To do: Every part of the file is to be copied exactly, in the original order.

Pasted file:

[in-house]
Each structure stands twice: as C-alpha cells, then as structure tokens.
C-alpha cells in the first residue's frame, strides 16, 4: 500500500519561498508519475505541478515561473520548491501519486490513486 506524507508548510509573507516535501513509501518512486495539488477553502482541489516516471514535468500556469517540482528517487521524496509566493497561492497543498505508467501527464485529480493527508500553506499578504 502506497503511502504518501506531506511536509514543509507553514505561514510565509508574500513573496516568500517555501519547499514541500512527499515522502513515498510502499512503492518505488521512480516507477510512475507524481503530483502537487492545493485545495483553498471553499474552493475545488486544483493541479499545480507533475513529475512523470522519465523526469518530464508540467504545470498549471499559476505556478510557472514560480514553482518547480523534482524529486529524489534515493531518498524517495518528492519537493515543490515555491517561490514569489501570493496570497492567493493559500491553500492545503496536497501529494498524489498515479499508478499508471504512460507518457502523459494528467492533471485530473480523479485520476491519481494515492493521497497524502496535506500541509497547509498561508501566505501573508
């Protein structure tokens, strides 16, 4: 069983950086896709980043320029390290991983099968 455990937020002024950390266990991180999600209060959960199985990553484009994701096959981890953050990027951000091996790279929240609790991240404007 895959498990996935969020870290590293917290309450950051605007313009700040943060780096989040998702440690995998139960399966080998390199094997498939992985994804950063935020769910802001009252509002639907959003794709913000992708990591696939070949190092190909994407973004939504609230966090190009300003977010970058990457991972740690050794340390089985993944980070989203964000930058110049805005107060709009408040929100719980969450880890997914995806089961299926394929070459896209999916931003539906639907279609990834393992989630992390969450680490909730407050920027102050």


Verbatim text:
[in-house]
Each structure stands twice: as C-alpha cells, then as structure tokens.
C-alpha cells in the first residue's frame, strides 16, 4: 500500500519561498508519475505541478515561473520548491501519486490513486 506524507508548510509573507516535501513509501518512486495539488477553502482541489516516471514535468500556469517540482528517487521524496509566493497561492497543498505508467501527464485529480493527508500553506499578504 502506497503511502504518501506531506511536509514543509507553514505561514510565509508574500513573496516568500517555501519547499514541500512527499515522502513515498510502499512503492518505488521512480516507477510512475507524481503530483502537487492545493485545495483553498471553499474552493475545488486544483493541479499545480507533475513529475512523470522519465523526469518530464508540467504545470498549471499559476505556478510557472514560480514553482518547480523534482524529486529524489534515493531518498524517495518528492519537493515543490515555491517561490514569489501570493496570497492567493493559500491553500492545503496536497501529494498524489498515479499508478499508471504512460507518457502523459494528467492533471485530473480523479485520476491519481494515492493521497497524502496535506500541509497547509498561508501566505501573508
């Protein structure tokens, strides 16, 4: 069983950086896709980043320029390290991983099968 455990937020002024950390266990991180999600209060959960199985990553484009994701096959981890953050990027951000091996790279929240609790991240404007 895959498990996935969020870290590293917290309450950051605007313009700040943060780096989040998702440690995998139960399966080998390199094997498939992985994804950063935020769910802001009252509002639907959003794709913000992708990591696939070949190092190909994407973004939504609230966090190009300003977010970058990457991972740690050794340390089985993944980070989203964000930058110049805005107060709009408040929100719980969450880890997914995806089961299926394929070459896209999916931003539906639907279609990834393992989630992390969450680490909730407050920027102050």